It has been said, at least by dentists, that the mouth is a window into what may be going on in the rest of the body. A thorough oral exam can often reveal things that reflect upon one’s overall health status. Signs of nutritional deficiencies, the presence of certain systemic diseases such as leukemia, Sjogren’s syndrome, and diabetes are but a few examples of potentially serious conditions that have been initially discovered by a dentist.
Research has shown a link between the bacteria and inflammation associated with periodontal disease and cardiovascular and atherosclerotic disease (see my blog The Direct Link Between Dental Health and General Health). These are published studies that link gum inflammation and oral infections to heart disease and strokes. People with uncontrolled diabetes often have more severe periodontal problems.
Conversely, the presence of gum disease can make it more difficult for diabetics to control their blood sugar. Chronic conditions such as periodontal disease initiate an inflammatory response by the body. One such by-product of these protective “call to arms” by the body’s natural defenses is the liver’s production of chemicals called C-reactive proteins. The presence of these proteins is somehow linked to vascular disease.
Although periodontitis (gum disease) may contribute to the aforementioned health conditions (and other conditions – see my blog Poor Dental Health Can Lead To Dementia), it is important to understand that just because two conditions occur at the same time doesn’t necessarily mean one condition causes the other (ADA: Healthy Mouth Healthy Body, 2006) More research is needed, but there definitely appears to be a correlation. There is even a link between periodontal infections and premature births and low birth weights.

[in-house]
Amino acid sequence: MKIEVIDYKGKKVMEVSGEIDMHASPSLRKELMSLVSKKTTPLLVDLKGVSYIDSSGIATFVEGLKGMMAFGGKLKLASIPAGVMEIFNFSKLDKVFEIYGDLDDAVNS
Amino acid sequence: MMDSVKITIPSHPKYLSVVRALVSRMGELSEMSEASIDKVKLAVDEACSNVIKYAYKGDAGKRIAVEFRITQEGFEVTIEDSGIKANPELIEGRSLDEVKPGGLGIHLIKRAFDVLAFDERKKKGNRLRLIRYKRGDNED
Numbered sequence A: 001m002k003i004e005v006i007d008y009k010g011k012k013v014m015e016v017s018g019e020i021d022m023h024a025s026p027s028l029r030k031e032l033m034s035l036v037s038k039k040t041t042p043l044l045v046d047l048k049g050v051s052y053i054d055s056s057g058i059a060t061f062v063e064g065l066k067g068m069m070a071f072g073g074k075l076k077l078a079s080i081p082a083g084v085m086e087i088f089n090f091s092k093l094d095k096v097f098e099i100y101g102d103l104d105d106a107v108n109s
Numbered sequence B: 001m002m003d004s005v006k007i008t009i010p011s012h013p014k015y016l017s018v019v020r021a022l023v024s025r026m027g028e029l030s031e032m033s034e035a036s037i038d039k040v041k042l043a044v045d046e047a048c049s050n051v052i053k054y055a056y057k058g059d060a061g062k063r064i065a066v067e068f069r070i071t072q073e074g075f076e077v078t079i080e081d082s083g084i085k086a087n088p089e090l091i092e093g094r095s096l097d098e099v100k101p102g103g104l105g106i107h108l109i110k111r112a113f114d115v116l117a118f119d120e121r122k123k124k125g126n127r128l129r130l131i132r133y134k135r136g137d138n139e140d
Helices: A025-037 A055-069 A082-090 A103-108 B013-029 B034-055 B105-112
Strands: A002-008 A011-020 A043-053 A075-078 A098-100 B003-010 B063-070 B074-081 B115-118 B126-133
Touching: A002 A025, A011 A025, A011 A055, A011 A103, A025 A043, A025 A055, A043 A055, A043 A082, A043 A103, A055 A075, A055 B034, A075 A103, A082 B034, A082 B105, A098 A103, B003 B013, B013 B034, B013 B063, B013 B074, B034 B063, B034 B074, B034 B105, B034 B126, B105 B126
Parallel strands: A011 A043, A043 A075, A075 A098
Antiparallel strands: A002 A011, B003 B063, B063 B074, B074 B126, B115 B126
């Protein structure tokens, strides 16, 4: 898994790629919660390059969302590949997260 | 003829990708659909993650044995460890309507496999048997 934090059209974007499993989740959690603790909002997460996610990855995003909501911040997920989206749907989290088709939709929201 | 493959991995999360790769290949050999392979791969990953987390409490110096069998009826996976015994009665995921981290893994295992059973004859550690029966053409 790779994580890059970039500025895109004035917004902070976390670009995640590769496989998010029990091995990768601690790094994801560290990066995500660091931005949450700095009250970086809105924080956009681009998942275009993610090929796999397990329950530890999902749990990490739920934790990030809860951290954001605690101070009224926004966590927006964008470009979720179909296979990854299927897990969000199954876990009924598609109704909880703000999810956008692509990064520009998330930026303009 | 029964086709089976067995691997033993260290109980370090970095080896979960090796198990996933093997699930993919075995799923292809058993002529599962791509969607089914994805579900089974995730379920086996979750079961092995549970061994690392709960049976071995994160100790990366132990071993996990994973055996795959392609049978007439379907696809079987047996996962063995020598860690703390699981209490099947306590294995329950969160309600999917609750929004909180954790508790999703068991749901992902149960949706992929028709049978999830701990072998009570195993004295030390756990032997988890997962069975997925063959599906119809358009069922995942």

Brushing your teeth thoroughly (for two minutes) twice a day and regular flossing are important steps in ensuring optimal dental health as is seeing your dentist regularly. For those adults who have been somewhat erratic in seeking dental care, remember that only a dentist or dental hygienist can remove the plaque and tartar that accumulates below the gum line. Plaque and tartar are very tenacious in their adherence to tooth structure. Trying to clean one’s own teeth without periodic professional prophylaxis would be akin to cleaning barnacles off of a boat’s hull with a garden hose.
Having been in dental practice for nearly thirty years, I have seen many middle- aged adults, typically men (as women usually have better track records when it comes to health care) walk into my office after not receiving regular dental care for many years. Often “too busy” for periodic examinations and cleanings and with no history of pain (gum disease often progresses silently without signs or symptoms), a sudden dental emergency brings the 50-60 year old in for treatment. Emergency examination often reveals a host of problems that have been lying- in- wait for quite some time. It is never too late to commit to getting healthy.
While comprehensive dentistry for the neglected dentition can be extensive and expensive, the first order of business is to relieve the pain that brought the patient into the office. Then after a thorough examination and diagnosis, a treatment plan is developed that gives priority to stabilizing the patient’s oral condition, i.e., eliminating infection, treating decay and reducing inflammation. Only after this is accomplished can thought be given to restoring one’s dentition to a state of beauty and long term health. A beautiful smile is a healthy smile. And a healthy smile can be a pathway to overall good health.
Dr. Michael Sinkin has been practicing dentistry for over two decades. He truly cares about the experience his patients have and takes great pride in making them feel relaxed and comfortable during every visit. Come in for an appointment and experience a different kind of dental practice. To find out more about Dr. Sinkin, please click here.
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